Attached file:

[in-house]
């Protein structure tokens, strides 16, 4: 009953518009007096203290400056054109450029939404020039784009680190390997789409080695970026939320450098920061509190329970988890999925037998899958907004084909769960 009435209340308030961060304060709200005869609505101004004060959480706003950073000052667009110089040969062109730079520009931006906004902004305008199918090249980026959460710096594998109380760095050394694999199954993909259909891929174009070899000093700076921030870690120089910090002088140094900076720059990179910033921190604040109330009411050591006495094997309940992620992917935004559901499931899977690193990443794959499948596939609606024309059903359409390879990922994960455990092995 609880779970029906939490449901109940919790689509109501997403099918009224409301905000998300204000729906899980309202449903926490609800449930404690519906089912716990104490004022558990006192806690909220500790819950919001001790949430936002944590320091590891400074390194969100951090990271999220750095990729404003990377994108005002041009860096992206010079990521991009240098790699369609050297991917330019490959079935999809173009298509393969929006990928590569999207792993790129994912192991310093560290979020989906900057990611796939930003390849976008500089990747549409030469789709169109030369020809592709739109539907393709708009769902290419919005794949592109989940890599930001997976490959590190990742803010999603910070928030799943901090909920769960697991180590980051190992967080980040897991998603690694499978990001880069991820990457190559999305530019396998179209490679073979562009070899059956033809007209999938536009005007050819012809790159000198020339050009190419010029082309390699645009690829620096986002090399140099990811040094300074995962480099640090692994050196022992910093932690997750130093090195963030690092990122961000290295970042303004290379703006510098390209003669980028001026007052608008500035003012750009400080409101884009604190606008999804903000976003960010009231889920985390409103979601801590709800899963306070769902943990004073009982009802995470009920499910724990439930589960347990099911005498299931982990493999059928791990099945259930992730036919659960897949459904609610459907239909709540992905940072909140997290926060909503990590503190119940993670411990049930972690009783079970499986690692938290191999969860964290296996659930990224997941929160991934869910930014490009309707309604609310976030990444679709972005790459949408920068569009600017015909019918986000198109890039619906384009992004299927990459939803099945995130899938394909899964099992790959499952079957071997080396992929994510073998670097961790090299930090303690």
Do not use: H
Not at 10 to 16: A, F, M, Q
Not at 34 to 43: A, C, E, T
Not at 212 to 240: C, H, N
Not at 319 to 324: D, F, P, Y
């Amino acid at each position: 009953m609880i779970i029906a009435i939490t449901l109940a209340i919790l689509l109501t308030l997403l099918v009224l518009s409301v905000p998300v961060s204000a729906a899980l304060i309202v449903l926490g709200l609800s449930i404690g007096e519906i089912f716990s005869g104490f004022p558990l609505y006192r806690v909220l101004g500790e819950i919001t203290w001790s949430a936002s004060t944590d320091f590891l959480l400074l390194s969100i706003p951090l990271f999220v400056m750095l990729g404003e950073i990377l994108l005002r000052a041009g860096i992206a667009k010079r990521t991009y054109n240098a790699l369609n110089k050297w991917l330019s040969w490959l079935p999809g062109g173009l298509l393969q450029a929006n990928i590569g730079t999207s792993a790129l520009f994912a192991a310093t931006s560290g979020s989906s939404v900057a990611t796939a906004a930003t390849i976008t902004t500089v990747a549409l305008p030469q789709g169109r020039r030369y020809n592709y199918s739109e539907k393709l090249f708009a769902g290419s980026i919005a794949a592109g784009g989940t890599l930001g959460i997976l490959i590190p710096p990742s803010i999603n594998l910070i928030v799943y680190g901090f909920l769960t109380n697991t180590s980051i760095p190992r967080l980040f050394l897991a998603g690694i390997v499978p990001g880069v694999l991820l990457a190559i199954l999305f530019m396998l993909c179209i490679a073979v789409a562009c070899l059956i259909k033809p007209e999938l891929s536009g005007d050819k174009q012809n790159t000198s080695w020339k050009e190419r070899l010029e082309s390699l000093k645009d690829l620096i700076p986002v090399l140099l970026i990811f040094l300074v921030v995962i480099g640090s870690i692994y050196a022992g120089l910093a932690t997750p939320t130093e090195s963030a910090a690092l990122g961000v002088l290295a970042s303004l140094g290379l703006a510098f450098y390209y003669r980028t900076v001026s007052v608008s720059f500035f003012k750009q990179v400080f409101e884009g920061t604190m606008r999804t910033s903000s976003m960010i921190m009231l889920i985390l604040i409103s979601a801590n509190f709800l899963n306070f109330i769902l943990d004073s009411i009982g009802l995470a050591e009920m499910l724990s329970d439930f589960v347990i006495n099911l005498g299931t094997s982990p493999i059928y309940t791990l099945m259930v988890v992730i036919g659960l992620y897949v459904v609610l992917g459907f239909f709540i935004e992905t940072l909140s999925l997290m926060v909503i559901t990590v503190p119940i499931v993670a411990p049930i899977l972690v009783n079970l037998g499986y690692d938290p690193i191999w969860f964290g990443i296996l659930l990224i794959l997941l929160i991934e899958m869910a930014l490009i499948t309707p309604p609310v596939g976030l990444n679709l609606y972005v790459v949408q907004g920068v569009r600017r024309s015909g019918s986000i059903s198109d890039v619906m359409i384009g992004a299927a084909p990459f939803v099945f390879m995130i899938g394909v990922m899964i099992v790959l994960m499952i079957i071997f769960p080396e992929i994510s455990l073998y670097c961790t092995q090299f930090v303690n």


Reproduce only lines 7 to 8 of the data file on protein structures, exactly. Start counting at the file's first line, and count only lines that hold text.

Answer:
Not at 319 to 324: D, F, P, Y
């Amino acid at each position: 009953m609880i779970i029906a009435i939490t449901l109940a209340i919790l689509l109501t308030l997403l099918v009224l518009s409301v905000p998300v961060s204000a729906a899980l304060i309202v449903l926490g709200l609800s449930i404690g007096e519906i089912f716990s005869g104490f004022p558990l609505y006192r806690v909220l101004g500790e819950i919001t203290w001790s949430a936002s004060t944590d320091f590891l959480l400074l390194s969100i706003p951090l990271f999220v400056m750095l990729g404003e950073i990377l994108l005002r000052a041009g860096i992206a667009k010079r990521t991009y054109n240098a790699l369609n110089k050297w991917l330019s040969w490959l079935p999809g062109g173009l298509l393969q450029a929006n990928i590569g730079t999207s792993a790129l520009f994912a192991a310093t931006s560290g979020s989906s939404v900057a990611t796939a906004a930003t390849i976008t902004t500089v990747a549409l305008p030469q789709g169109r020039r030369y020809n592709y199918s739109e539907k393709l090249f708009a769902g290419s980026i919005a794949a592109g784009g989940t890599l930001g959460i997976l490959i590190p710096p990742s803010i999603n594998l910070i928030v799943y680190g901090f909920l769960t109380n697991t180590s980051i760095p190992r967080l980040f050394l897991a998603g690694i390997v499978p990001g880069v694999l991820l990457a190559i199954l999305f530019m396998l993909c179209i490679a073979v789409a562009c070899l059956i259909k033809p007209e999938l891929s536009g005007d050819k174009q012809n790159t000198s080695w020339k050009e190419r070899l010029e082309s390699l000093k645009d690829l620096i700076p986002v090399l140099l970026i990811f040094l300074v921030v995962i480099g640090s870690i692994y050196a022992g120089l910093a932690t997750p939320t130093e090195s963030a910090a690092l990122g961000v002088l290295a970042s303004l140094g290379l703006a510098f450098y390209y003669r980028t900076v001026s007052v608008s720059f500035f003012k750009q990179v400080f409101e884009g920061t604190m606008r999804t910033s903000s976003m960010i921190m009231l889920i985390l604040i409103s979601a801590n509190f709800l899963n306070f109330i769902l943990d004073s009411i009982g009802l995470a050591e009920m499910l724990s329970d439930f589960v347990i006495n099911l005498g299931t094997s982990p493999i059928y309940t791990l099945m259930v988890v992730i036919g659960l992620y897949v459904v609610l992917g459907f239909f709540i935004e992905t940072l909140s999925l997290m926060v909503i559901t990590v503190p119940i499931v993670a411990p049930i899977l972690v009783n079970l037998g499986y690692d938290p690193i191999w969860f964290g990443i296996l659930l990224i794959l997941l929160i991934e899958m869910a930014l490009i499948t309707p309604p609310v596939g976030l990444n679709l609606y972005v790459v949408q907004g920068v569009r600017r024309s015909g019918s986000i059903s198109d890039v619906m359409i384009g992004a299927a084909p990459f939803v099945f390879m995130i899938g394909v990922m899964i099992v790959l994960m499952i079957i071997f769960p080396e992929i994510s455990l073998y670097c961790t092995q090299f930090v303690n």